Launch Slideshow

Bethesda, Md., Residence

Bethesda, Md., Residence

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    Michael Moran Photography

    Traditional materials and forms help this contemporary home fit into its neighborhood.

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    Michael Moran Photography

    The interiors move directly into the 21st century, however, with large glass expanses and flexible, open spaces.

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    David Jameson Architect

The jury commended architect David Jameson's ability to fuse the traditional style of the neighborhood with his clients' wishes for a more modern aesthetic. They said that “it didn't have an overly ostentatious quality” that is the downfall of so many big houses. “That's the whole idea of the project,” says Jameson of the judges'comments. “We took the program of a really big house and fused it into something clean and simple.”

The home's corner lot location was useful to that end. The entry façade lines up with other large and stately homes but takes on a quieter, more private tone as it turns the corner. For what he terms its “monumental façade,” Jameson speced traditional materials like slate and stone, but modernized them by eliminating mortar joints and transitions between elements. A limestone brise-soleil shades expansive glazing on this southern exposure and mitigates the home's oversized scale. The limestone picks up again on the private side of the house to set up an unapologetic contemporary rear elevation that adds glass, steel, and stucco to the white stone backdrop.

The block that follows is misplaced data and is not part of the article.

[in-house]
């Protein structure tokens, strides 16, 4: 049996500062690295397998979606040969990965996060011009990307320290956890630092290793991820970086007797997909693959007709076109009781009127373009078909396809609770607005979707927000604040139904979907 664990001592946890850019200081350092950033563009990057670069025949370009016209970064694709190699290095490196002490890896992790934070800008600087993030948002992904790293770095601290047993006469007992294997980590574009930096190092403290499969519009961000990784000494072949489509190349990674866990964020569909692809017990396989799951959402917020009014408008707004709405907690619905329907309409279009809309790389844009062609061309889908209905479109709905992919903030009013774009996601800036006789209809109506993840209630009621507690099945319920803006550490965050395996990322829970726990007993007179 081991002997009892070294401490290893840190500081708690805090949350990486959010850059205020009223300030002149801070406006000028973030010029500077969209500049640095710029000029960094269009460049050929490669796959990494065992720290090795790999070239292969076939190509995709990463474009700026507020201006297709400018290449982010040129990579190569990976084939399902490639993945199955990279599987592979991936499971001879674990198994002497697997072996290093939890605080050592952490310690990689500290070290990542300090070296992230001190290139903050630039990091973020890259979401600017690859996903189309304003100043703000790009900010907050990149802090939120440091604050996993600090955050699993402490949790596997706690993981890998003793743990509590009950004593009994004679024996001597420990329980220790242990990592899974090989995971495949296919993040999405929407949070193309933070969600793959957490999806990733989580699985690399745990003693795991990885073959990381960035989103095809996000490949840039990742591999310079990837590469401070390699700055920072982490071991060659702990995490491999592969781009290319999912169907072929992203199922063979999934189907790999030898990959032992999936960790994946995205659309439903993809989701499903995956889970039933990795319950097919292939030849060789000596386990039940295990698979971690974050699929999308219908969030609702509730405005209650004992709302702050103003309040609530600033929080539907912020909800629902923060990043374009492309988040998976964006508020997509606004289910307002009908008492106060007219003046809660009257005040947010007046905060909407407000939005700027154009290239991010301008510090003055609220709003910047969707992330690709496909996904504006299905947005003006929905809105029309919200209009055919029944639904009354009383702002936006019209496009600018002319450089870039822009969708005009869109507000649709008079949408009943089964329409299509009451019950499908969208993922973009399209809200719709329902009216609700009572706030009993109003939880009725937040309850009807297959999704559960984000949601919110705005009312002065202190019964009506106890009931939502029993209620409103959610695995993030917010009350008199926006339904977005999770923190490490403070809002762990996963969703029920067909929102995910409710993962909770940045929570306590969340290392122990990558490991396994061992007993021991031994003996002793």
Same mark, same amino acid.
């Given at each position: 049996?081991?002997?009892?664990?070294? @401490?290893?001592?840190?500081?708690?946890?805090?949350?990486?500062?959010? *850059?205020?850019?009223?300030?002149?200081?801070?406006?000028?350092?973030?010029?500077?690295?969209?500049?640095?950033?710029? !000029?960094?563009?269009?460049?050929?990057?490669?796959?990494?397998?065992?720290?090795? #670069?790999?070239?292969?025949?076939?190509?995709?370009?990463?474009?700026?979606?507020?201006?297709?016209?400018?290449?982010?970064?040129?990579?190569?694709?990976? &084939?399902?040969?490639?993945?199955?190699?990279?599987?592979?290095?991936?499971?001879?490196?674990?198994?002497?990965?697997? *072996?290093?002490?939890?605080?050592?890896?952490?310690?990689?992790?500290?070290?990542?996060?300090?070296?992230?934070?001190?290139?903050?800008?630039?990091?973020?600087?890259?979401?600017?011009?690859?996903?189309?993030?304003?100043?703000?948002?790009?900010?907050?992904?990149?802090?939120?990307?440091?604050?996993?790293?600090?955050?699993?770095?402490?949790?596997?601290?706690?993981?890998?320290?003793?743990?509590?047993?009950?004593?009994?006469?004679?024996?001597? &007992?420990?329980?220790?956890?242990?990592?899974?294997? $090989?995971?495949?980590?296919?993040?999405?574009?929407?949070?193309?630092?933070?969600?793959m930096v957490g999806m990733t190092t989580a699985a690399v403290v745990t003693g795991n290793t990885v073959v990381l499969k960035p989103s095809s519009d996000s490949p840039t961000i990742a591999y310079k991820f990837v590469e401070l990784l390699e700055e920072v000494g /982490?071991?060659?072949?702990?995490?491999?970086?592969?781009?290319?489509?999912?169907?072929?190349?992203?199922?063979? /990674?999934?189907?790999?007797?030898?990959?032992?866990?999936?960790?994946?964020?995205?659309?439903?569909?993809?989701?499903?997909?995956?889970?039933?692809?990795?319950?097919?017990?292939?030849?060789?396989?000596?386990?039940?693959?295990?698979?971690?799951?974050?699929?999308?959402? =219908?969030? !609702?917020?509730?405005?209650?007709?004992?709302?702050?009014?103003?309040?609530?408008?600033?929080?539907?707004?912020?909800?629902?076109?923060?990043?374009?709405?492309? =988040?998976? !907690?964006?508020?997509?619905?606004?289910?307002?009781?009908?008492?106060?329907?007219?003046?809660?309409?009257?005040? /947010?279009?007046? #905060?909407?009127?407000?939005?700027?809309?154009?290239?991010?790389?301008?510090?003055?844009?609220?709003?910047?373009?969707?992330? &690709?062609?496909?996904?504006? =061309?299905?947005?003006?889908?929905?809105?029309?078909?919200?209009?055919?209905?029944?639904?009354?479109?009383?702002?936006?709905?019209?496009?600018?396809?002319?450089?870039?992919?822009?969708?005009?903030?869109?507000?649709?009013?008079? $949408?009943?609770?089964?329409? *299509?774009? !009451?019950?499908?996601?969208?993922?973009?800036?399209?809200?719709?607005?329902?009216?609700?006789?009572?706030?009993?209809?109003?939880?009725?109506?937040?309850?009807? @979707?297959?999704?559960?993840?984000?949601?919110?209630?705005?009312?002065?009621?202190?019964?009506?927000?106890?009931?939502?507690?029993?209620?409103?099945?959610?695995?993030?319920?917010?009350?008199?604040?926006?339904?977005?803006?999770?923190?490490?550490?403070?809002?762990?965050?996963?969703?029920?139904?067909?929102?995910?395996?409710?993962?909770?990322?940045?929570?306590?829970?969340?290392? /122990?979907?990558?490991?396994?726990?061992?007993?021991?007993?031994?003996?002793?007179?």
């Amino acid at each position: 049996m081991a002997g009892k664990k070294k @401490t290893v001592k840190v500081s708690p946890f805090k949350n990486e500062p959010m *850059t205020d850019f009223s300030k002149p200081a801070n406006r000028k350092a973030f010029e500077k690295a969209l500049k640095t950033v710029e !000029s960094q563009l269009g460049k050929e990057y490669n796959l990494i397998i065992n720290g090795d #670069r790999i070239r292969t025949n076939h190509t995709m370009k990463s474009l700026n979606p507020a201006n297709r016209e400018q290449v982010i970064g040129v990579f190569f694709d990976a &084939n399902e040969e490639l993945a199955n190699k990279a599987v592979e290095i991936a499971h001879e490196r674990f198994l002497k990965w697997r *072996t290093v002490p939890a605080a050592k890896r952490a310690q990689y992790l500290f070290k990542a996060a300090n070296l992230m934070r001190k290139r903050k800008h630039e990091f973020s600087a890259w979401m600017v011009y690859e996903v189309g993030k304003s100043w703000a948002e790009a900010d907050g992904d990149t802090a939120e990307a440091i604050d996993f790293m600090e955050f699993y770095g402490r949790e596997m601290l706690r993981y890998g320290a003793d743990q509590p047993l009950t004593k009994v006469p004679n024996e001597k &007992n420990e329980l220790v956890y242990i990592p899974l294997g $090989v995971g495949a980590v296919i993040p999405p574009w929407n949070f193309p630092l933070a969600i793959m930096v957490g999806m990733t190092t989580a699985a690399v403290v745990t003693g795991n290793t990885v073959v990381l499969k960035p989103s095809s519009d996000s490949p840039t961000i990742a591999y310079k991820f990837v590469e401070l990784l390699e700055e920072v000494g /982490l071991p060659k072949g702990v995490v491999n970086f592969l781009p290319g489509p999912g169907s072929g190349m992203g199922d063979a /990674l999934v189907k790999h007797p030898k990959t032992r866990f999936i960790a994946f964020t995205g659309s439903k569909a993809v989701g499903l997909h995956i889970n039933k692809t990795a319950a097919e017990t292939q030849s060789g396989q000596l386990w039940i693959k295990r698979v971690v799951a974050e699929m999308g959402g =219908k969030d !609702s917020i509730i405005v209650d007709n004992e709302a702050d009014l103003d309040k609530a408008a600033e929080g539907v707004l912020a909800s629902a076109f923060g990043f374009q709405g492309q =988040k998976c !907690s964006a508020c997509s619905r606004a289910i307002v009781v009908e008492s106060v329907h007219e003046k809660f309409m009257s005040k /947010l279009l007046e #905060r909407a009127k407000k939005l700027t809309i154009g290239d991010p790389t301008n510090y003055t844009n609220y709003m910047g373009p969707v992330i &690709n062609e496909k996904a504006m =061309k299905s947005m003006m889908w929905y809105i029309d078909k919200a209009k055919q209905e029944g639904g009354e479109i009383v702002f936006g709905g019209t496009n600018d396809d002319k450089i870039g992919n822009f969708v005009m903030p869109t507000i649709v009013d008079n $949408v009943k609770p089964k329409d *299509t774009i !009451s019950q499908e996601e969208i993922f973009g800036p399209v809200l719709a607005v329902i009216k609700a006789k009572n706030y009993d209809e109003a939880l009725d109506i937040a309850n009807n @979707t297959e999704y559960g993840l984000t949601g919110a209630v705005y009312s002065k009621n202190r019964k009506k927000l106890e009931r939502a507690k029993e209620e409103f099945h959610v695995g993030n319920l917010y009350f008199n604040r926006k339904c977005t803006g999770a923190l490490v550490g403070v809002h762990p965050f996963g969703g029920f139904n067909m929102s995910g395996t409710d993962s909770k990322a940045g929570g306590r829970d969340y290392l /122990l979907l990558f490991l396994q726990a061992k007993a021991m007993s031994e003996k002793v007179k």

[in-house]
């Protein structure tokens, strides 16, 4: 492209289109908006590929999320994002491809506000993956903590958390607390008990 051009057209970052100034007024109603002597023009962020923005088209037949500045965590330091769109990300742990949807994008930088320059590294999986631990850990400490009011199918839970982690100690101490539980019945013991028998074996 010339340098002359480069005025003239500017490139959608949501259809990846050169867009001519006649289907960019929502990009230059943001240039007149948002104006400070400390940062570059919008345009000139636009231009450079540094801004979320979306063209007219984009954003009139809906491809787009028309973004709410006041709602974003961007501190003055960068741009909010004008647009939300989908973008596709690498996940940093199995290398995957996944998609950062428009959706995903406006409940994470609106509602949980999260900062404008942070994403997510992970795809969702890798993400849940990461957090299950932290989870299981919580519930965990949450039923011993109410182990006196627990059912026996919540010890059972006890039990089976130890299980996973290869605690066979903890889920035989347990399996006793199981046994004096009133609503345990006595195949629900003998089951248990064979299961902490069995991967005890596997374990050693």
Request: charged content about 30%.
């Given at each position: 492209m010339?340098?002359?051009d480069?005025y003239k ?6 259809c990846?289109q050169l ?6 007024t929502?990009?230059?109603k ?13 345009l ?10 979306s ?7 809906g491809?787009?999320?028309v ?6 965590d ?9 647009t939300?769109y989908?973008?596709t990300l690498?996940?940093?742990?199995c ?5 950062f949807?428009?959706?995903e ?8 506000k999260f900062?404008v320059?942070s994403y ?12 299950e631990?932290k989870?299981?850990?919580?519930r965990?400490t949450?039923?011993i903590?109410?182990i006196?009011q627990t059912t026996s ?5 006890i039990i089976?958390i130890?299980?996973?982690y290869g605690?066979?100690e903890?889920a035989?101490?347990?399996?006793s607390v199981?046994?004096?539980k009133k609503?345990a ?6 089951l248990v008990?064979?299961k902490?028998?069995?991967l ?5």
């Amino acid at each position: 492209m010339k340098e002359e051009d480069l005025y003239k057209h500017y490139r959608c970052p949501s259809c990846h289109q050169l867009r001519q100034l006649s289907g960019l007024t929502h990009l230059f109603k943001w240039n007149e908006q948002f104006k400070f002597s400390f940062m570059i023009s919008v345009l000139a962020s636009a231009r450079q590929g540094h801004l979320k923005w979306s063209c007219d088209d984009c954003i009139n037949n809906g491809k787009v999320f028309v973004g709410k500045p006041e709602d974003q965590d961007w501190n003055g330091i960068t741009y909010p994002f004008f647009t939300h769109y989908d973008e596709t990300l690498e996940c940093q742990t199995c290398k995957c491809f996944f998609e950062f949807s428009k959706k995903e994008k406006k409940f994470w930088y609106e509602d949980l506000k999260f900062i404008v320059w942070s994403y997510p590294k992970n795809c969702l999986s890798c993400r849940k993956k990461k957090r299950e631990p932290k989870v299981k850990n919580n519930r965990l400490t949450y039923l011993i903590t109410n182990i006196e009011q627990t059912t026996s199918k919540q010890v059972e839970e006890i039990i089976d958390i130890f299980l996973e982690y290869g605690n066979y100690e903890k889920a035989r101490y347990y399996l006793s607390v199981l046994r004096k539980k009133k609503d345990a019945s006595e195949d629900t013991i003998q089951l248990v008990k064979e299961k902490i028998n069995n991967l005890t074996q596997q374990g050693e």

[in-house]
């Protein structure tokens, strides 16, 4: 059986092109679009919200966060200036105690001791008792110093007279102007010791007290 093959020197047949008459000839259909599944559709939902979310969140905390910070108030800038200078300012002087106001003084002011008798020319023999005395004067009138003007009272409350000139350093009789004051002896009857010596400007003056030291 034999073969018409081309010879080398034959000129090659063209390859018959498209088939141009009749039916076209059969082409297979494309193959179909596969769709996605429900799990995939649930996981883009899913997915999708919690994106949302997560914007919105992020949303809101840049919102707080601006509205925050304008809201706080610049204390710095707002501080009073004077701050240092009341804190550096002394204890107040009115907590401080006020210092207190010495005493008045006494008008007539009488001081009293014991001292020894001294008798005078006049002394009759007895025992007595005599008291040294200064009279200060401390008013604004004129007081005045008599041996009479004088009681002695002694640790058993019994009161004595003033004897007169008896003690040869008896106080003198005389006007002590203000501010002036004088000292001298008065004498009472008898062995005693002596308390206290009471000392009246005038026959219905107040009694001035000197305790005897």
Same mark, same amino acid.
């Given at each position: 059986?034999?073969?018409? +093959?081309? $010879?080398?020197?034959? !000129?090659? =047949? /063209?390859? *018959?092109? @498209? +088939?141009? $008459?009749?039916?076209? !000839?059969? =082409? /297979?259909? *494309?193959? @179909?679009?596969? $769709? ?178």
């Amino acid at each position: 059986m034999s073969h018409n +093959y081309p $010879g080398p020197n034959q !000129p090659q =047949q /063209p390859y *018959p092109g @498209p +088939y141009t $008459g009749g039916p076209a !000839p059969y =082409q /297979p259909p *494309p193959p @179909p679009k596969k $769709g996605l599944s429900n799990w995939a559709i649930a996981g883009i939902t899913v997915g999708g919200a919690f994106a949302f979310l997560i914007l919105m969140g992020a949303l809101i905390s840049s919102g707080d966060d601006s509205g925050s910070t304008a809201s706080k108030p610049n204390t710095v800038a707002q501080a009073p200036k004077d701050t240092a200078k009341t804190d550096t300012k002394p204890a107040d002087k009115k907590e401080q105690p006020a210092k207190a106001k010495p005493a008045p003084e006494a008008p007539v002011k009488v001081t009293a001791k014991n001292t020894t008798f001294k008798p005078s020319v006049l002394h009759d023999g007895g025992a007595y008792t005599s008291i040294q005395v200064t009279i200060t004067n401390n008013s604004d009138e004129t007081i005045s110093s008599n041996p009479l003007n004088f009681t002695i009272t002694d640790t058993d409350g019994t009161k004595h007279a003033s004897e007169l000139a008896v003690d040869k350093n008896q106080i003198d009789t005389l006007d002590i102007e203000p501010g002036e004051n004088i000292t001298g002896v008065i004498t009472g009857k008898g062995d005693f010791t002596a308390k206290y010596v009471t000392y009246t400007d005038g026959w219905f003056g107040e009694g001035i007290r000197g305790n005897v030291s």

A flat-roofed architectural “hyphen” connecting two gabled roof sections brings natural light into the center of the plan. That caused the judges to praise the daylighting techniques Jameson used to brighten the home's innermost recesses. Inside this one-story “light monitor” is an open space containing the kitchen along with casual living and dining areas. Two pop-up boxes ringed with clerestory windows increase the daylight quotient enough to let it spill generously into the rest of the first floor. Catwalks link upstairs rooms, which means even more natural light finds it way through the plan's central circulation spine.

Project Credits
Entrant/Architect:
David Jameson Architect, Alexandria, Va.
Builder: GN Contracting, Arlington, Va.
Living space: 5,600 square feet
Site: .23 acre
Construction cost: Withheld
Photographer: Michael Moran Photography

Resources: Bathroom plumbing fittings: Dornbracht; Bathroom plumbing fixtures: Toto; Cabinets: Hill Enterprises Inc.; Dishwasher: Miele; Garage doors: Capitol Door; Kitchen plumbing fittings: KWC; Lighting fixtures: Iris; Oven: Thermador; Refrigerator: Sub-Zero; Roofing: Vermont Slate; Skylights: Velux; Windows, Weathershield.